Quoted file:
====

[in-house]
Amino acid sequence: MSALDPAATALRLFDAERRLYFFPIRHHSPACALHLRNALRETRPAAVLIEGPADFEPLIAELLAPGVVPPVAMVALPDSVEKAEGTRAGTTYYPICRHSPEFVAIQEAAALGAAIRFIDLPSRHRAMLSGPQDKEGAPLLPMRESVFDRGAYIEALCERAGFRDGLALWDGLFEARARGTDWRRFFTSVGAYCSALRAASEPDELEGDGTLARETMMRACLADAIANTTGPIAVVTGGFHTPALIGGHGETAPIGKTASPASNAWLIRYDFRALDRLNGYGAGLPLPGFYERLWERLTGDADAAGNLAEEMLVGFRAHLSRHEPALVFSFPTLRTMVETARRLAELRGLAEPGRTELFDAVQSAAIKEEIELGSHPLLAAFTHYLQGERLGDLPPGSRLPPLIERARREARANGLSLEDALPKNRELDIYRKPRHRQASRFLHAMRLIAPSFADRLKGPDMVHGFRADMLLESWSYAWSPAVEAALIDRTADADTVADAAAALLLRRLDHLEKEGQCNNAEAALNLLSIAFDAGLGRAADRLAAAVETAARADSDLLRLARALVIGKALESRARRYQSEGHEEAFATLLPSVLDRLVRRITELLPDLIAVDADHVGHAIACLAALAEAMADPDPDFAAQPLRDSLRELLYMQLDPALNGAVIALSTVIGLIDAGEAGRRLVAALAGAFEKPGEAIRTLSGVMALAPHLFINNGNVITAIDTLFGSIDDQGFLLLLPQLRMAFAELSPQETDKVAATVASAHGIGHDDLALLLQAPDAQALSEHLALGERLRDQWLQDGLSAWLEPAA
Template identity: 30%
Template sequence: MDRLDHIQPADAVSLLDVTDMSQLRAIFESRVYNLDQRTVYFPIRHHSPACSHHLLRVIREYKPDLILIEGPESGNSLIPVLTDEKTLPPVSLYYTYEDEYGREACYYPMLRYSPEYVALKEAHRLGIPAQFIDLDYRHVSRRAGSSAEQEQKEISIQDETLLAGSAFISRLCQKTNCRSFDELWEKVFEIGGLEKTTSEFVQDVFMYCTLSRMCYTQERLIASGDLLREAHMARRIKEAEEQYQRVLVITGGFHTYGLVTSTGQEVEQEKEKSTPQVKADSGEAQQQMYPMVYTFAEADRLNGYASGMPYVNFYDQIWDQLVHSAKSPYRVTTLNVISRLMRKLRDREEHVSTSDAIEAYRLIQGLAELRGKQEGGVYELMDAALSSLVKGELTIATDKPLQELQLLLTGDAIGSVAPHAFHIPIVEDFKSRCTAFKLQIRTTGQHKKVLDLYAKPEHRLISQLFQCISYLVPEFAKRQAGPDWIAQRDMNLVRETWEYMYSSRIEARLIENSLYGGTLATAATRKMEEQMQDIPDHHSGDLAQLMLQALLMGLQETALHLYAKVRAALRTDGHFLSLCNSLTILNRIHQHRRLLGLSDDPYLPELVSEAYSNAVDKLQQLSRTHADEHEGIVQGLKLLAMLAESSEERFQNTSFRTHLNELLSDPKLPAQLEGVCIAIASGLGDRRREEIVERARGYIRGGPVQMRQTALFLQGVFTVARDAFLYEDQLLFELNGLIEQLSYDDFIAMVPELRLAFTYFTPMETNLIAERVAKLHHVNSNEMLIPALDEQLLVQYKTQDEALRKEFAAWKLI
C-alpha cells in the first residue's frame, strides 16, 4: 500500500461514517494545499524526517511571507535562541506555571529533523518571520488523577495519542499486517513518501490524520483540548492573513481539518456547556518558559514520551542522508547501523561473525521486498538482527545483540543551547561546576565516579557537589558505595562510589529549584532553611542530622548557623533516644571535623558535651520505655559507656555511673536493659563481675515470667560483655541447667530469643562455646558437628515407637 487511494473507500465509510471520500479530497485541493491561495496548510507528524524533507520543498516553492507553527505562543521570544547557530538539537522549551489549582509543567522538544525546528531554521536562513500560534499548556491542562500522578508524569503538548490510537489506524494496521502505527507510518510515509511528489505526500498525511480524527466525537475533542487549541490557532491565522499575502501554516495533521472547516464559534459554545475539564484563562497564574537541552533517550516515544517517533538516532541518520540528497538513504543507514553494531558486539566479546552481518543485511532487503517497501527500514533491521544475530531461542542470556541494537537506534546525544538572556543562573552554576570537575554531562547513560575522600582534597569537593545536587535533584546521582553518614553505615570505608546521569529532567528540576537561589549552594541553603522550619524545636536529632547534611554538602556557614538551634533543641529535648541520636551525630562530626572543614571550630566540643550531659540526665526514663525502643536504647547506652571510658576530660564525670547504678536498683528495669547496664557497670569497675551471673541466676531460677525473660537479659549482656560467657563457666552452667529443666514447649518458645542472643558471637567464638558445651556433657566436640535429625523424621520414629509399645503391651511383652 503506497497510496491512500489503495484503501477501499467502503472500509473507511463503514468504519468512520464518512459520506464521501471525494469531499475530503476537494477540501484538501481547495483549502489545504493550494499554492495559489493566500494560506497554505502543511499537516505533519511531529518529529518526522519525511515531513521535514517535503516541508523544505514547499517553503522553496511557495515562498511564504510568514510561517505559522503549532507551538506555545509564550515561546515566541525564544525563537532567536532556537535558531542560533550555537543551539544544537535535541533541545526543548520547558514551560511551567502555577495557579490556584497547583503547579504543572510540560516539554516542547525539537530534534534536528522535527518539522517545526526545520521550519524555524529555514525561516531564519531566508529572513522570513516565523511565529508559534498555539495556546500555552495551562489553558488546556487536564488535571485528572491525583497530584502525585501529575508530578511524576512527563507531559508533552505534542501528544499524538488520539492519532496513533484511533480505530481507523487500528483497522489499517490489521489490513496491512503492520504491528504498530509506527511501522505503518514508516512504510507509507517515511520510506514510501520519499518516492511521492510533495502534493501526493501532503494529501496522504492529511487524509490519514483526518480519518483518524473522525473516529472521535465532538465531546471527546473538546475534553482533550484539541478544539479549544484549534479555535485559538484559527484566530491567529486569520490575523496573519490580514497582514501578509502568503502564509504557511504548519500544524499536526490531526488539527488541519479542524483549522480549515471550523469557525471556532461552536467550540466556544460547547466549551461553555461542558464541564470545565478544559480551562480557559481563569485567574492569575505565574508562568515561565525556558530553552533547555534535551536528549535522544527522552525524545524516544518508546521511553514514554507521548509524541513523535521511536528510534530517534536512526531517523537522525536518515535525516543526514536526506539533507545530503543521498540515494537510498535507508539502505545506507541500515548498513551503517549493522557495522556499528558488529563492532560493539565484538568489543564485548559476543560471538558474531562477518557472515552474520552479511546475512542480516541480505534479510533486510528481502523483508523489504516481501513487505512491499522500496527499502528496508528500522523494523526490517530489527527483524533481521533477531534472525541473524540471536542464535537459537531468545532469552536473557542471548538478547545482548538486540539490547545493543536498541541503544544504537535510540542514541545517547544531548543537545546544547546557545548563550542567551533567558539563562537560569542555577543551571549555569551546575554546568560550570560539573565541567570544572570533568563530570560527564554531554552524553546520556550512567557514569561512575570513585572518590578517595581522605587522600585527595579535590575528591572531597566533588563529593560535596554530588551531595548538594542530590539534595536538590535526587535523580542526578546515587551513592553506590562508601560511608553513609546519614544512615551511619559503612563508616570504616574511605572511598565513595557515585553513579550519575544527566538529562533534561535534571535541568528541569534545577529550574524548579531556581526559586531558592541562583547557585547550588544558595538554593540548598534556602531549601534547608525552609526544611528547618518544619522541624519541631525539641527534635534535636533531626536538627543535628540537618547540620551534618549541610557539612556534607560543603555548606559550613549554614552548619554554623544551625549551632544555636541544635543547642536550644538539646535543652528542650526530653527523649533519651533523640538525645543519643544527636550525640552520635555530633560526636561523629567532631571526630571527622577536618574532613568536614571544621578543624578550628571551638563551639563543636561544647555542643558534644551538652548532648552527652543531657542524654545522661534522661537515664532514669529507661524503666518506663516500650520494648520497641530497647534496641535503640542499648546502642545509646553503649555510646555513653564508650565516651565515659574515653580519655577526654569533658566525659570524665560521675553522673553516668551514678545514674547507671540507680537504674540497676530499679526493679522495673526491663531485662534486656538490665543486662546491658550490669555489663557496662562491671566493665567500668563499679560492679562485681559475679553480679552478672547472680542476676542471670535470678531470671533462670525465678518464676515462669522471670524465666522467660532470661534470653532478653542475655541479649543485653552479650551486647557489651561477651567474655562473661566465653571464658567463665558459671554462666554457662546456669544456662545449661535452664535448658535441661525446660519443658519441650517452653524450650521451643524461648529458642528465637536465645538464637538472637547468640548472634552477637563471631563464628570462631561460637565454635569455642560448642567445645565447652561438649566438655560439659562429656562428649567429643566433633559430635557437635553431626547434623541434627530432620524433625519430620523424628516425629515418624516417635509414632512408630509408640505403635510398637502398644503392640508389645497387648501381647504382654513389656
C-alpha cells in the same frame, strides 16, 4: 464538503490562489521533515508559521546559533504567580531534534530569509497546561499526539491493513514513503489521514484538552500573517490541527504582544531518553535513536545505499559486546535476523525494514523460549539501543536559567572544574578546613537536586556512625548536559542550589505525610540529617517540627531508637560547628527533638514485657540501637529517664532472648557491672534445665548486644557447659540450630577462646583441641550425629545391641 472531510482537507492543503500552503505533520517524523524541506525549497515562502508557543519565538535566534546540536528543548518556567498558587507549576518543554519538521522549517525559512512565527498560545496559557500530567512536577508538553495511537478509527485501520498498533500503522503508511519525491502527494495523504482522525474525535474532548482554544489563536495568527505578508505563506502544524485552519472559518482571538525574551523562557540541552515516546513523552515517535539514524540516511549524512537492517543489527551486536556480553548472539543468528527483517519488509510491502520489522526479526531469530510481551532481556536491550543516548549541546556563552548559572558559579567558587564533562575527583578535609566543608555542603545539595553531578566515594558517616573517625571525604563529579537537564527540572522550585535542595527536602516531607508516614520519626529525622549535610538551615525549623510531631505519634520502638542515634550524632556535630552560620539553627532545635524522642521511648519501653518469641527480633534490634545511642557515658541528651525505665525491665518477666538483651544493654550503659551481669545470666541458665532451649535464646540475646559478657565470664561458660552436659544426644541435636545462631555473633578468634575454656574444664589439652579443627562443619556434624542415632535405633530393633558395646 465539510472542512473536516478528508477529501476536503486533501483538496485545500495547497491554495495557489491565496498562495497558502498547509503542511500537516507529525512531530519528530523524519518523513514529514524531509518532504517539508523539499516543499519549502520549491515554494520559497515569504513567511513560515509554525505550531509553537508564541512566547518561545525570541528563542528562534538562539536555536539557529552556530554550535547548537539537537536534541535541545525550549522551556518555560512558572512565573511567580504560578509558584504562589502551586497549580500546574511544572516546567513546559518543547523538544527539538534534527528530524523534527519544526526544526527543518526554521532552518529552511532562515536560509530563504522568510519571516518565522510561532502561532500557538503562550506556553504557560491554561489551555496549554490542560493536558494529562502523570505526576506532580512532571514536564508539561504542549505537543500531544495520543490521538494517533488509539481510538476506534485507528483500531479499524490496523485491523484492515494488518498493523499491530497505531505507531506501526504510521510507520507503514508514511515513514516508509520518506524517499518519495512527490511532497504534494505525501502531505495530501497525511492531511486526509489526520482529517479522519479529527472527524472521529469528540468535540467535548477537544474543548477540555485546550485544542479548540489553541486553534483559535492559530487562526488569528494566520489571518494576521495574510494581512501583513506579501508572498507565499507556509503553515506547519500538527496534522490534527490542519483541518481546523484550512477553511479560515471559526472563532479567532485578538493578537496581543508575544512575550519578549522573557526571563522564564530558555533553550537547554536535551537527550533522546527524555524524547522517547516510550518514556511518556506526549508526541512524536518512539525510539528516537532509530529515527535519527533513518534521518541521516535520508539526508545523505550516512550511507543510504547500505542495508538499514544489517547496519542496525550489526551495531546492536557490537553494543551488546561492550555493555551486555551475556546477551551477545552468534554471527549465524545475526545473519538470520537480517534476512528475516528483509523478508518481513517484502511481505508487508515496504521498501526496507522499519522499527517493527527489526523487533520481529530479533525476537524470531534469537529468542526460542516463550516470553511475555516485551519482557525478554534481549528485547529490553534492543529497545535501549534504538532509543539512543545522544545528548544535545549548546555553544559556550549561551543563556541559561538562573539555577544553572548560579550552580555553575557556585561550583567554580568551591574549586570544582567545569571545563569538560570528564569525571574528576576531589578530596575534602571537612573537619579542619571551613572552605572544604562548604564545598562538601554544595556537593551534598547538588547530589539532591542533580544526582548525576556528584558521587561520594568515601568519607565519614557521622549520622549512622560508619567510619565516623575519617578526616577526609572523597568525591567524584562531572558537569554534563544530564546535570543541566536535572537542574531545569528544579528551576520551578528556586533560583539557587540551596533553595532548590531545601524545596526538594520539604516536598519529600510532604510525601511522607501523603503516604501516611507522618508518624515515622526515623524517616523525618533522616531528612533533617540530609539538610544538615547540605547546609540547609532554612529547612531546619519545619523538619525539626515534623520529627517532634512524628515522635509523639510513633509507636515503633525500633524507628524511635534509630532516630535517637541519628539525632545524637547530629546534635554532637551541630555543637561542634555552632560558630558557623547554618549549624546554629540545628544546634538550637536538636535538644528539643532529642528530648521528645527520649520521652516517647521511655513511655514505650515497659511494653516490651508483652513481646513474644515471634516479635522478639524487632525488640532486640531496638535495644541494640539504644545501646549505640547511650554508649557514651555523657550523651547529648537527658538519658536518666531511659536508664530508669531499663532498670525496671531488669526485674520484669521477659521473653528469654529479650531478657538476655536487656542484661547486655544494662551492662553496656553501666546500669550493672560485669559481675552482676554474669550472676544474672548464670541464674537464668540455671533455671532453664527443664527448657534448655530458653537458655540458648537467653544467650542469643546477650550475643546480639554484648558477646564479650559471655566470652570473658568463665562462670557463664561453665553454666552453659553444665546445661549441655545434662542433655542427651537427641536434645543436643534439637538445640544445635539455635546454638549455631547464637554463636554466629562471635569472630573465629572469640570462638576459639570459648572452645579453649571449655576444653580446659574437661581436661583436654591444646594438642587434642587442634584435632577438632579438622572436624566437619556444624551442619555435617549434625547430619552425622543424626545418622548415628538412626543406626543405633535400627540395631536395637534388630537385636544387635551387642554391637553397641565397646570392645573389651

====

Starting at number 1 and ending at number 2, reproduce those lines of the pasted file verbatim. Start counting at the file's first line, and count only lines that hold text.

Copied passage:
[in-house]
Amino acid sequence: MSALDPAATALRLFDAERRLYFFPIRHHSPACALHLRNALRETRPAAVLIEGPADFEPLIAELLAPGVVPPVAMVALPDSVEKAEGTRAGTTYYPICRHSPEFVAIQEAAALGAAIRFIDLPSRHRAMLSGPQDKEGAPLLPMRESVFDRGAYIEALCERAGFRDGLALWDGLFEARARGTDWRRFFTSVGAYCSALRAASEPDELEGDGTLARETMMRACLADAIANTTGPIAVVTGGFHTPALIGGHGETAPIGKTASPASNAWLIRYDFRALDRLNGYGAGLPLPGFYERLWERLTGDADAAGNLAEEMLVGFRAHLSRHEPALVFSFPTLRTMVETARRLAELRGLAEPGRTELFDAVQSAAIKEEIELGSHPLLAAFTHYLQGERLGDLPPGSRLPPLIERARREARANGLSLEDALPKNRELDIYRKPRHRQASRFLHAMRLIAPSFADRLKGPDMVHGFRADMLLESWSYAWSPAVEAALIDRTADADTVADAAAALLLRRLDHLEKEGQCNNAEAALNLLSIAFDAGLGRAADRLAAAVETAARADSDLLRLARALVIGKALESRARRYQSEGHEEAFATLLPSVLDRLVRRITELLPDLIAVDADHVGHAIACLAALAEAMADPDPDFAAQPLRDSLRELLYMQLDPALNGAVIALSTVIGLIDAGEAGRRLVAALAGAFEKPGEAIRTLSGVMALAPHLFINNGNVITAIDTLFGSIDDQGFLLLLPQLRMAFAELSPQETDKVAATVASAHGIGHDDLALLLQAPDAQALSEHLALGERLRDQWLQDGLSAWLEPAA